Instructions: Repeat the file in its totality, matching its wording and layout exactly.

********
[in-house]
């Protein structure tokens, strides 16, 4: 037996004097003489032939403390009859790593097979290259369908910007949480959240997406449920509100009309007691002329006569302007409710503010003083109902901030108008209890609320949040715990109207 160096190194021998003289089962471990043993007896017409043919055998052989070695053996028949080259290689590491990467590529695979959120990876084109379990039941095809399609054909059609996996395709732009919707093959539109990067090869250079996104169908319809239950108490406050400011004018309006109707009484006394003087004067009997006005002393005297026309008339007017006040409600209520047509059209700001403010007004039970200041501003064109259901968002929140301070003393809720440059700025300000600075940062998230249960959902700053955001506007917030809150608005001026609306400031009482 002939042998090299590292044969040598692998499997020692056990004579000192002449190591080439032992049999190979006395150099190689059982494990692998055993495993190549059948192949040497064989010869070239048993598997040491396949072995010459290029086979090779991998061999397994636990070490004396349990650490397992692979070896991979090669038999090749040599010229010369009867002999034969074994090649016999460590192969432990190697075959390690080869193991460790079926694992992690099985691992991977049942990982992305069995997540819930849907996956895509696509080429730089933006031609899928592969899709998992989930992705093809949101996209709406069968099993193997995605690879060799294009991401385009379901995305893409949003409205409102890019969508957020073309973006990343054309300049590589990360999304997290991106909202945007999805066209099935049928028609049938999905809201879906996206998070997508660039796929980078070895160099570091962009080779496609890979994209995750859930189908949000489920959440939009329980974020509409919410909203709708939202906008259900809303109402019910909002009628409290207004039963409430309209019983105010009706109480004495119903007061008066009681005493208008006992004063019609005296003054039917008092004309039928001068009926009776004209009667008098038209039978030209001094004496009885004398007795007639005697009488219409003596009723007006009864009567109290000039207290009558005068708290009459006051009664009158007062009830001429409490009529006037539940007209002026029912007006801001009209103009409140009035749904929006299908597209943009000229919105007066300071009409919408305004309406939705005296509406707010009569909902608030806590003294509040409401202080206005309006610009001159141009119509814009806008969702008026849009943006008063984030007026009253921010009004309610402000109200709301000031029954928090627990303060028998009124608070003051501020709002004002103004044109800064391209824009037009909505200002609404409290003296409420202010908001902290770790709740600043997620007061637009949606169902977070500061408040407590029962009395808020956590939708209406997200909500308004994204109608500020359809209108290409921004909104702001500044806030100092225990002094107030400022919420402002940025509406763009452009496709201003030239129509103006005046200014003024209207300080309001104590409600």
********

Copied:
[in-house]
């Protein structure tokens, strides 16, 4: 037996004097003489032939403390009859790593097979290259369908910007949480959240997406449920509100009309007691002329006569302007409710503010003083109902901030108008209890609320949040715990109207 160096190194021998003289089962471990043993007896017409043919055998052989070695053996028949080259290689590491990467590529695979959120990876084109379990039941095809399609054909059609996996395709732009919707093959539109990067090869250079996104169908319809239950108490406050400011004018309006109707009484006394003087004067009997006005002393005297026309008339007017006040409600209520047509059209700001403010007004039970200041501003064109259901968002929140301070003393809720440059700025300000600075940062998230249960959902700053955001506007917030809150608005001026609306400031009482 002939042998090299590292044969040598692998499997020692056990004579000192002449190591080439032992049999190979006395150099190689059982494990692998055993495993190549059948192949040497064989010869070239048993598997040491396949072995010459290029086979090779991998061999397994636990070490004396349990650490397992692979070896991979090669038999090749040599010229010369009867002999034969074994090649016999460590192969432990190697075959390690080869193991460790079926694992992690099985691992991977049942990982992305069995997540819930849907996956895509696509080429730089933006031609899928592969899709998992989930992705093809949101996209709406069968099993193997995605690879060799294009991401385009379901995305893409949003409205409102890019969508957020073309973006990343054309300049590589990360999304997290991106909202945007999805066209099935049928028609049938999905809201879906996206998070997508660039796929980078070895160099570091962009080779496609890979994209995750859930189908949000489920959440939009329980974020509409919410909203709708939202906008259900809303109402019910909002009628409290207004039963409430309209019983105010009706109480004495119903007061008066009681005493208008006992004063019609005296003054039917008092004309039928001068009926009776004209009667008098038209039978030209001094004496009885004398007795007639005697009488219409003596009723007006009864009567109290000039207290009558005068708290009459006051009664009158007062009830001429409490009529006037539940007209002026029912007006801001009209103009409140009035749904929006299908597209943009000229919105007066300071009409919408305004309406939705005296509406707010009569909902608030806590003294509040409401202080206005309006610009001159141009119509814009806008969702008026849009943006008063984030007026009253921010009004309610402000109200709301000031029954928090627990303060028998009124608070003051501020709002004002103004044109800064391209824009037009909505200002609404409290003296409420202010908001902290770790709740600043997620007061637009949606169902977070500061408040407590029962009395808020956590939708209406997200909500308004994204109608500020359809209108290409921004909104702001500044806030100092225990002094107030400022919420402002940025509406763009452009496709201003030239129509103006005046200014003024209207300080309001104590409600």